While September 14th marked my third nomadiversary, it also marks almost three and a half years of living in a small RV.
To this day I get incredulous looks that a trailer only 17 feet long from hitch to bumper provides adequate space to live and thrive in, but I can now say in no uncertain terms that for me, it works wonderfully.
I love my little home. It’s small size encourages me to spend more time out in the world. The lack of storage space and thus stuff that I own makes me feel free. I don’t need a behemoth of a vehicle to tow it, it tracks better than a longer trailer, and I don’t need a spotter to get in and and out of of a campsite.
More specific to a Casita, it’s narrow width makes for easier driving on narrow or congested roads, the fiberglass shell has fewer possible leak points than a box style trailer, and the multitude of windows make the interior feel surprisingly roomy.
I’m very proud of the legwork my 28 year old self did when researching RVs. For my situation, working in a location for months at a time and needing to commute to seasonal jobs, a trailer + tow vehicle was the best choice at the lowest cost. Casitas are pretty low maintenance and have amazing staying power compared to other brands of small travel trailers.
At 16 years old now, Cas has held up to the rigors of full-time travel these past three years better than I anticipated. Long time readers will recall that my several months on the road was full of plenty of wonder, but also an apprehensiveness than my used RV, while it looked sound on the surface, could prove to be a lemon–I had only the previous owner’s assurances that it had been well taken care of.
I anticipated needed to replace at least one appliance within the first year, my water heater (the only major thing that has gone kaput in my 3.5 years of constant use) lasted about a year and a half before it quit. To be honest I hardly used it anyway and I haven’t used it at all since getting it replaced this spring.
There have admittedly been numerous other small problems, but none that have required drastic action.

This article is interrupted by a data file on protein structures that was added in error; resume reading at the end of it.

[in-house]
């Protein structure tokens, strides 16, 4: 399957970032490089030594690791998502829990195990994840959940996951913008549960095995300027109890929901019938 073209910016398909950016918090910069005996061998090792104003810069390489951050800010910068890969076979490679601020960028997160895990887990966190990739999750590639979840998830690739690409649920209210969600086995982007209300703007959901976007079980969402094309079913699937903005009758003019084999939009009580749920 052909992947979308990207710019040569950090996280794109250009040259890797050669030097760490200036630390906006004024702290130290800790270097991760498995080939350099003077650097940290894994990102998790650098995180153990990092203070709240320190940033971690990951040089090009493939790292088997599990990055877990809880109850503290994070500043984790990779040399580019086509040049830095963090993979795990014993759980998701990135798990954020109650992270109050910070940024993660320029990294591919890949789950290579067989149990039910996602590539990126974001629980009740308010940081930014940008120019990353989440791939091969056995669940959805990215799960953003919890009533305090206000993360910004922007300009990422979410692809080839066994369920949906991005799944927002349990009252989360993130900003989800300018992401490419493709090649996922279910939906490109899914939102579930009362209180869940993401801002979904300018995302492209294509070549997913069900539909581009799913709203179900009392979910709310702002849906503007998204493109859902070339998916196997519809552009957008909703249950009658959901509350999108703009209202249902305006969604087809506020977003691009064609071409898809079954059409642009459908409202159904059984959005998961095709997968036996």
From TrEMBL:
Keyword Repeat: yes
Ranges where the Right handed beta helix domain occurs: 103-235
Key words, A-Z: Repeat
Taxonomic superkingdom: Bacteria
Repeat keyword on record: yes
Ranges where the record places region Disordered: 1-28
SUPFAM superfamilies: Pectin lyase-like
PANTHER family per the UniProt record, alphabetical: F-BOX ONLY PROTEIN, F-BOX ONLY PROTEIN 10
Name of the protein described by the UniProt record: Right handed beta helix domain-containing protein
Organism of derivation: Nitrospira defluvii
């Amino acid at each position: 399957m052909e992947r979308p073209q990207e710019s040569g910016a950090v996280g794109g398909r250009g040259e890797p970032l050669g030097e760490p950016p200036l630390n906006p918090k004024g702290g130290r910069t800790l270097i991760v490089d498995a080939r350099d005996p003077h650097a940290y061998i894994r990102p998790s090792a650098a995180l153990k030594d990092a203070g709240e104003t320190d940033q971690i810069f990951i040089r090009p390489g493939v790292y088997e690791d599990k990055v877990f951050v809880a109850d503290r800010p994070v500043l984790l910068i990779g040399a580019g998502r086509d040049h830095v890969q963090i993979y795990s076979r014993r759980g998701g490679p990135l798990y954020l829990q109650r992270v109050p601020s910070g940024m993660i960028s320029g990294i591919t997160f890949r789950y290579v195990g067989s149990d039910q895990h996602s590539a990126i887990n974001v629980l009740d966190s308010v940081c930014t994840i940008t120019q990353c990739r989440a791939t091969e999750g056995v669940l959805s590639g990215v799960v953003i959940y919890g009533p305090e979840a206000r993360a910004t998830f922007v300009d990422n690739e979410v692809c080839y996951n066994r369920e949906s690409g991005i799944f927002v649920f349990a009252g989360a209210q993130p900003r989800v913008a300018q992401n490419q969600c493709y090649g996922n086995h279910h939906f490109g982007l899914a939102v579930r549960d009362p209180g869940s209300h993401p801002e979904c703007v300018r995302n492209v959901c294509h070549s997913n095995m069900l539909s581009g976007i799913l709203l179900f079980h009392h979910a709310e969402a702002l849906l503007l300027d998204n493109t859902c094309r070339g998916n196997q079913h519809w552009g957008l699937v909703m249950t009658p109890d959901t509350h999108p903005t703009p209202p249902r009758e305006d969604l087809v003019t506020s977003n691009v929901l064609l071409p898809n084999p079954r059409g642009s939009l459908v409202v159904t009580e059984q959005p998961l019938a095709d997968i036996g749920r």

I’ve had several leaks, a couple involving rivets, one spot where the awning is anchored to the roof, part of the seal around the fresh water storage compartment, part of the seal along the top of the door frame, one when the vent over my gray tank disintegrated due to age and UV exposure, and one crack in the roof resulting from hail strike damage (it didn’t start leaking until nearly two years after the fact). Most leaks in a Casita are easily handled by carrying a tube of caulk, rivets, and snap caps with you. The gray tank vent one was a bit more of a hassle, I needed to order a new part and had help replacing it.
One of my inside storage cubbies has a door that refuses to stay shut when traveling, and I’ve had to replace the hinges on it a couple times. My propane bottle cover blew away, I never bothered to replace it. The city water connection valve became damaged (could have been age or the fact that it froze once or twice), it still worked fine when hooked up to city water but would leak (outside the trailer) when I used the fresh water tank and so I had it replaced. A couple of the additions the previous owner made to the trailer didn’t work out in the long run: the shelves in the closet have fallen a couple times and I removed the valences over the windows after one broke and the others started warping the metal window frames.